For retired people, holding six months' to two years' worth of portfolio withdrawals in cash investments is sensible. This can provide a spending cushion even if stocks head south or bonds take a powder. Retirees whose portfolios are equity-heavy can use rebalancing to top up their liquid reserves.

In addition to checking up on the amount of liquid reserves that you hold, also check up on where you're holding that money. Cash yields have declined to a pittance but it's always worth shopping around for better rates

Step 4: Assess your Equity Investments

Your broad asset-class exposure will be the key determinant of how your portfolio behaves. But your positioning within each asset class also deserves a closer look. In keeping with a pattern we've seen for several years running, domestic growth stocks and funds have still outperformed value names by a wide margin thus far in 2020.

Check your portfolio's Morningstar Style Box exposure in X-Ray to see if it's tilting disproportionately to growth names. As a benchmark, a total US market index fund holds roughly 25 per cent in each of the large-cap squares, 6 per cent apiece in the mid-cap boxes, and 2 per cent in each of the small-cap boxes. Not every portfolio has to be right on the top of the index, but the style-box view lets you see if you're making any big inadvertent bets.

While you're at it, check up on your sector positioning; X-Ray showcases your own portfolio's sector exposures alongside those of the S&P 500 for benchmarking. Additionally, check your portfolio's allocation to foreign stocks: Not only have they underperformed US stocks for the year to date, but over longer time periods, too.

Step 5: And your Fixed Income Exposure

On the bond side, review your positioning to ensure your fixed income investments will deliver ballast when you need it. Thus far in 2020, the safest bond funds have held up best, whereas riskier bond-fund types are still clawing their way back from big losses in the first quarter.

Of course, yields on high-quality bonds are incredibly low today, but their relative and absolute year-to-date strength demonstrates, yet again, that the most boring, highest-quality bonds will tend to hold up best in market shocks.

If you're adjusting your fixed-income portfolio, redeploying money from higher-risk bond segments into lower-risk alternatives will improve your total portfolio's diversification and risk level, even as it's likely to lower the yield.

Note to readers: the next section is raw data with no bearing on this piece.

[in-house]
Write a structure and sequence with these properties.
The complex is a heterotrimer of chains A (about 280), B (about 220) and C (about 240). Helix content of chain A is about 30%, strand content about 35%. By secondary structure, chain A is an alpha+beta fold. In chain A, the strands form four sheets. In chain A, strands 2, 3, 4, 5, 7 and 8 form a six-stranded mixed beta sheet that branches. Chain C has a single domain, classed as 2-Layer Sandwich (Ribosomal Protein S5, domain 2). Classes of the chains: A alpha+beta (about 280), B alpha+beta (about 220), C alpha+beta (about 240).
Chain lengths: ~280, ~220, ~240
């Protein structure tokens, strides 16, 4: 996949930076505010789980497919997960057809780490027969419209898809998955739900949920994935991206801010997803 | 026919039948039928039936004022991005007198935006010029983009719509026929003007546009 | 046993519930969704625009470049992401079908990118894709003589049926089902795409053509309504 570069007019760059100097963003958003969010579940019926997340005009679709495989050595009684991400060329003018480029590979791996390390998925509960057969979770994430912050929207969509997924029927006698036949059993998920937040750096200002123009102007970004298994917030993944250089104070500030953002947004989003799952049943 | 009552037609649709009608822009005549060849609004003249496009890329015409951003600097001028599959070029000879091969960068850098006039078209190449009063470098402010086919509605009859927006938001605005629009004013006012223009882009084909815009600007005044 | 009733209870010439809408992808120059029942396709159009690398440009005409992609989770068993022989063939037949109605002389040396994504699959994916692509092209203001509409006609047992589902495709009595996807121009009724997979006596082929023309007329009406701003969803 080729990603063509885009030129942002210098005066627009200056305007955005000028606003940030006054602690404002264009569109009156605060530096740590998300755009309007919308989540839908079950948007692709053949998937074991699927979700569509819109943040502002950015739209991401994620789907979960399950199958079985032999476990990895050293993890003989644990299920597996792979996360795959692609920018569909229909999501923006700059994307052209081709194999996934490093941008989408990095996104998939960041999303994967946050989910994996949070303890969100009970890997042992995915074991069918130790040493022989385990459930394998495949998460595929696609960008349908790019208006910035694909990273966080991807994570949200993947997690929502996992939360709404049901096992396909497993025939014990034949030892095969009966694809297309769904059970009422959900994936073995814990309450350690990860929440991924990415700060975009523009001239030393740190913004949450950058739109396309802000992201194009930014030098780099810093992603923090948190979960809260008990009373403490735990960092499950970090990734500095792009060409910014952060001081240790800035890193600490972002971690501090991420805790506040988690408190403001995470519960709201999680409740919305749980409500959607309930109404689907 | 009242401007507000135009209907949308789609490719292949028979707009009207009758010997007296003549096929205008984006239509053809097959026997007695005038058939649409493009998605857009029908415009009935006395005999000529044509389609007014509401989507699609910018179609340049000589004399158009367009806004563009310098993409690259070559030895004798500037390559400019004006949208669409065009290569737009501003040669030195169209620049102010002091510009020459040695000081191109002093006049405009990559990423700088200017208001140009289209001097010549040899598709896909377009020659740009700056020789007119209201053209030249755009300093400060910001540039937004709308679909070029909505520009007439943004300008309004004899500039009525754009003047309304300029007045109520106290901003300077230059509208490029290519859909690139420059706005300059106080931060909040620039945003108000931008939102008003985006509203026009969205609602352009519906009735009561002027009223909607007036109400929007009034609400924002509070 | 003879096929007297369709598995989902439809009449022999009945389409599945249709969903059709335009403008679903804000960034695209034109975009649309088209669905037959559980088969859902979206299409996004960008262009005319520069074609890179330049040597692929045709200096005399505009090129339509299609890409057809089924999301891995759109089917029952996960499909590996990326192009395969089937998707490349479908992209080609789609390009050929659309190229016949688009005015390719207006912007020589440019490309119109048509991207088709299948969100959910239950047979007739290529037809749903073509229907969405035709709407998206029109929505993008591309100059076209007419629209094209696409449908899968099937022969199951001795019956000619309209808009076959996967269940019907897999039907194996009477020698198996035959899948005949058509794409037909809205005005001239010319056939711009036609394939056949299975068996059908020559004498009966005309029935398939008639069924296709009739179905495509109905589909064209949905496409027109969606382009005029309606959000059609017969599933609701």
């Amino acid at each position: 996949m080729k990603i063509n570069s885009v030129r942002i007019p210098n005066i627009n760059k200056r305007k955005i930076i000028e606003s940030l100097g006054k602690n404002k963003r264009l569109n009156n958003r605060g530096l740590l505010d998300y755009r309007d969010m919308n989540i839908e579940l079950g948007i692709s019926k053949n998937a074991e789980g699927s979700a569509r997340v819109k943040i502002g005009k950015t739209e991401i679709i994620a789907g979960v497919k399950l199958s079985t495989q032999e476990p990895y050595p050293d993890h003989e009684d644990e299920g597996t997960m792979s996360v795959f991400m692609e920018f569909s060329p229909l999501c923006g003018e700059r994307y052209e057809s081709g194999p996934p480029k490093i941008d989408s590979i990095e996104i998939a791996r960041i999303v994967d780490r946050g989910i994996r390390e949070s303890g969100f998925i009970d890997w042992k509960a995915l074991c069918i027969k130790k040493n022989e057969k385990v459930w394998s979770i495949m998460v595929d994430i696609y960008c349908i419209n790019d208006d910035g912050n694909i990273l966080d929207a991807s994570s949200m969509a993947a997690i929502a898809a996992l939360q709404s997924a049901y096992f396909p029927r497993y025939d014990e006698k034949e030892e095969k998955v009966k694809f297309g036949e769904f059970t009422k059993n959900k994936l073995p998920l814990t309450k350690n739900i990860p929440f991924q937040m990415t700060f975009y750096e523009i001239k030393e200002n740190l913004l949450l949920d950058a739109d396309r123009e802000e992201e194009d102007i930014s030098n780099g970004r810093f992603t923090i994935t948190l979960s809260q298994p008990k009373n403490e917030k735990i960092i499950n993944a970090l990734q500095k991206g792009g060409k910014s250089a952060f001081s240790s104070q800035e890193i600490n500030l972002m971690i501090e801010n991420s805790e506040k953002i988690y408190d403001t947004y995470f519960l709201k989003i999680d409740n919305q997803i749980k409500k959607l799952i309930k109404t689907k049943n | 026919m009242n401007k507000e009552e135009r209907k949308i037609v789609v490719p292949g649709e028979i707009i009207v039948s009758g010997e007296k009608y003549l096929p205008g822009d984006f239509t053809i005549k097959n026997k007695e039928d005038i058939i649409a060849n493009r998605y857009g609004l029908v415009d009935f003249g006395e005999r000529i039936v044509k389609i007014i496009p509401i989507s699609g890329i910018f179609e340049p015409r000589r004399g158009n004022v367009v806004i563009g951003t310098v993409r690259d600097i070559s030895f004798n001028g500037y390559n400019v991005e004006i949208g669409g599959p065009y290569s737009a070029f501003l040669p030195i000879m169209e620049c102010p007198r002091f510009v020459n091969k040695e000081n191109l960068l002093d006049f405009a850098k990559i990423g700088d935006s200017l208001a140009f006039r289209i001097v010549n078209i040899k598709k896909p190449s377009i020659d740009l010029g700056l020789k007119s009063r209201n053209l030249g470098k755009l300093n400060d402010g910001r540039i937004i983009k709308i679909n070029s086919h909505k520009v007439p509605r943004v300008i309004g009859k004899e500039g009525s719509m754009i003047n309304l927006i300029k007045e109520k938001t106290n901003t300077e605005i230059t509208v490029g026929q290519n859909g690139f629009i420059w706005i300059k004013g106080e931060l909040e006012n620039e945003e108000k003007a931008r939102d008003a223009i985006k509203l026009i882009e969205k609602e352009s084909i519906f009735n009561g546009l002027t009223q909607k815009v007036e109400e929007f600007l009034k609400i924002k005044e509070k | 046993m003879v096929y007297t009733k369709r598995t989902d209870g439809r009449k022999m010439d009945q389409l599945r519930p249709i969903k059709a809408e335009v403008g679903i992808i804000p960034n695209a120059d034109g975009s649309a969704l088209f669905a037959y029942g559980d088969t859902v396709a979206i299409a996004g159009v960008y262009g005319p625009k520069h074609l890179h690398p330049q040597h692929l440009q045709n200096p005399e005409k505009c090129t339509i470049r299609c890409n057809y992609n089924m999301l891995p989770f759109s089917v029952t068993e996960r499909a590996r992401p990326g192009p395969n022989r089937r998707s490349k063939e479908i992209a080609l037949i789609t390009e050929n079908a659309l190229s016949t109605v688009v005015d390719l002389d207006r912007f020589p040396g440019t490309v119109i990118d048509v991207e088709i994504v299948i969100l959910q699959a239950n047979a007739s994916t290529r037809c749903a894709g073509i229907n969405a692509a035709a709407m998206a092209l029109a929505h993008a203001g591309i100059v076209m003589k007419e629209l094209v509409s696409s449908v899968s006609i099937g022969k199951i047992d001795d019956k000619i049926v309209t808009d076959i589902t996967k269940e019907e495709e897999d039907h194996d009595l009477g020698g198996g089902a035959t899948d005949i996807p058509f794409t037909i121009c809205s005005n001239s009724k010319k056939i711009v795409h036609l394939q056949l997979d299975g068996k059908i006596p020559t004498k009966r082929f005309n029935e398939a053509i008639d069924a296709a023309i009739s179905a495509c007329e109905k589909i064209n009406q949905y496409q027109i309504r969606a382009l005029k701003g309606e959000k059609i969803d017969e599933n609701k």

Step 6: Check your Holdings 

You should also take a closer look at individual holdings. Scanning Morningstar's star ratings for stocks and analyst ratings for funds and exchange-traded funds is a quick way to view a holding's future prospects. 

If you're conducting your own due diligence, be alert for red flags. For funds, red flags include manager and strategy changes, persistent underperformance relative to cheap index funds, and dramatically heavy stock or sector bets. For stocks, red flags include high valuations and negative moat trends.

Step 7: Don't Make Changes for the Sake of it

Whether you act on any of the conclusions you drew from your fact-finding in Steps one to six depends will depend on your own situation and how severely out of kilter you feel your portfolio is.

If you're many years from retirement and unruffled by market volatility, repositioning your long-term portfolio probably isn't urgent. But if you do decide to make changes, be sure to take any tax implications or trading costs into account.

Making changes can be more pressing if you're getting close to or in retirement, especially if your portfolio is too aggressively positioned and you don't have enough in safe assets to tide you through sustained weakness in the stock market. In that case, it's wise to think about redeploying some of your enlarged equity portfolio into cash and bonds.

This article originally appeared on Morningstar.com


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About Author

Christine Benz  is Morningstar's director of personal finance and author of 30-Minute Money Solutions: A Step-by-Step Guide to Managing Your Finances and the Morningstar Guide to Mutual Funds: 5-Star Strategies for Success. Follow Christine on Twitter: @christine_benz and on Facebook.